GREG BIFFLE: Yeah. Well, let me clarify that a little bit. I don’t want to see anybody wreck; I should have said make a mistake. And that’s truly what he did is he made a mistake. He pushed the envelope, and we all do that. I almost did that; he almost busted me, and basically that’s what I was referring to was breaking him. We got him to make a mistake, we got him to falter, and we pushed the envelope, and that’s part of racing and part of running hard and being competitive, and it makes you feel good when you push the guy over the edge, and he made a mistake. And that's what makes you feel good is that you outsmarted him or you beat him at his game, and he definitely had a fast car and we got him to make a mistake today, and I don't think he was going to catch me, but at the same time he made a mistake trying.
We all do that, but today it was him.
Q. Greg, right before your final pit stop Carl had to come in because he was overheating a little bit, had something on his grille. He thought maybe you should have come back and helped him. I was curious if you even got a request, or I think you may have also had something on your grille at the time.
GREG BIFFLE: I had something on my grille, also, and I was 280 degrees for the last 15 laps of the race. I couldn't find anybody to back up to me to get stuff off my grille. These races are very, very hard to win. You look at when the last time was I win here, or the last win I had was here. This is a competitive sport. If it's not the last pit stop of the day or it's not coming down to the last pit stop of the day‑‑ we had so much‑‑ it would be different if he was eight car lengths back, and I didn't know when I passed him he had something on his grille or I'd let him get it off then. And I don't know if he did have something on his grille.
But when I looked up in the mirror and he was 25 car lengths back, and they said, Carl has got something on his grille, I said, I can't help him, not in this‑‑ not right now. This is my chance to win today, right here, and the 48 is coming. I don't know if you know that or not, but the 48 is coming. There were other guys coming behind Carl that were going to pass him, and I couldn't‑‑ I didn't feel like I could take that risk at that particular time to back up, lose all that track position and‑‑ it may have changed the outcome of the race because the caution did come out, and I was fortunate enough to stay in the lead lap and start up front again.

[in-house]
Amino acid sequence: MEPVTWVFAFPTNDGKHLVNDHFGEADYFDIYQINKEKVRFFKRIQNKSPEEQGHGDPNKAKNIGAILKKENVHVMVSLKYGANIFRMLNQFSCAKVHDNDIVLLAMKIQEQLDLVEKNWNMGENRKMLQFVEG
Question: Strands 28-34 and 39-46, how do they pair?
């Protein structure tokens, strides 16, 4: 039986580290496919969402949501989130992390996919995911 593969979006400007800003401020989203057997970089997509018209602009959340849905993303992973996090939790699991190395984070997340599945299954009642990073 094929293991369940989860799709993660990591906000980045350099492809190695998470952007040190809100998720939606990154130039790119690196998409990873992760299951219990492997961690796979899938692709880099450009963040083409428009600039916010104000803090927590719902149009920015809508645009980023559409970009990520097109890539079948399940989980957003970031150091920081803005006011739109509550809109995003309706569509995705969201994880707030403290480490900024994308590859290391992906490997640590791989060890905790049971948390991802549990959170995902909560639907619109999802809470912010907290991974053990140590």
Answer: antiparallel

You know, I don't know all the timing and where we were at, but it's possible that I wouldn't have had the lead when all that cycled through. The caution came out and I was on pit road. We try and help our teammates as much as we can, and if it would have been the middle of the race, not a problem?
JACK ROUSH: There's no team orders for that kind of thing, but I do support the decision that Greg made to not give up his track position, and we'll discuss that.
Q. For Greg and Jack, it's been an emotional and bittersweet week with the passing of one of your fellow competitors here, the win for Ford and the 1,000th win. How do you sum that whole scenario up? You must be sad but you must be very, very happy, as well, I guess.
GREG BIFFLE: Well, Jason and I were pretty good friends about five years ago. We sort of drifted apart when he wasn't racing Nationwide and Cup Series anymore. I remember sitting in this motor home lot playing Uno with him and Alison and Matt and Katie and Jamie and Christy, the four of us, probably five or six years ago, pretty funny memory that we have doing that.
You know, we have‑‑ it's kind of ironic, I thought about it on the flight up here, we have Give Kids a Smile on the car this weekend as our sponsor, and probably you look at it differently when you have a two‑year‑old daughter, but I've looked at it‑‑ when I first heard about it, the only thing I could think of was Charlie, and you know, how sad he's going to be to‑‑ those guys, they were best friends, and that's going to be rough, and today is Father's Day. There's no good way‑‑ nothing good can come of that.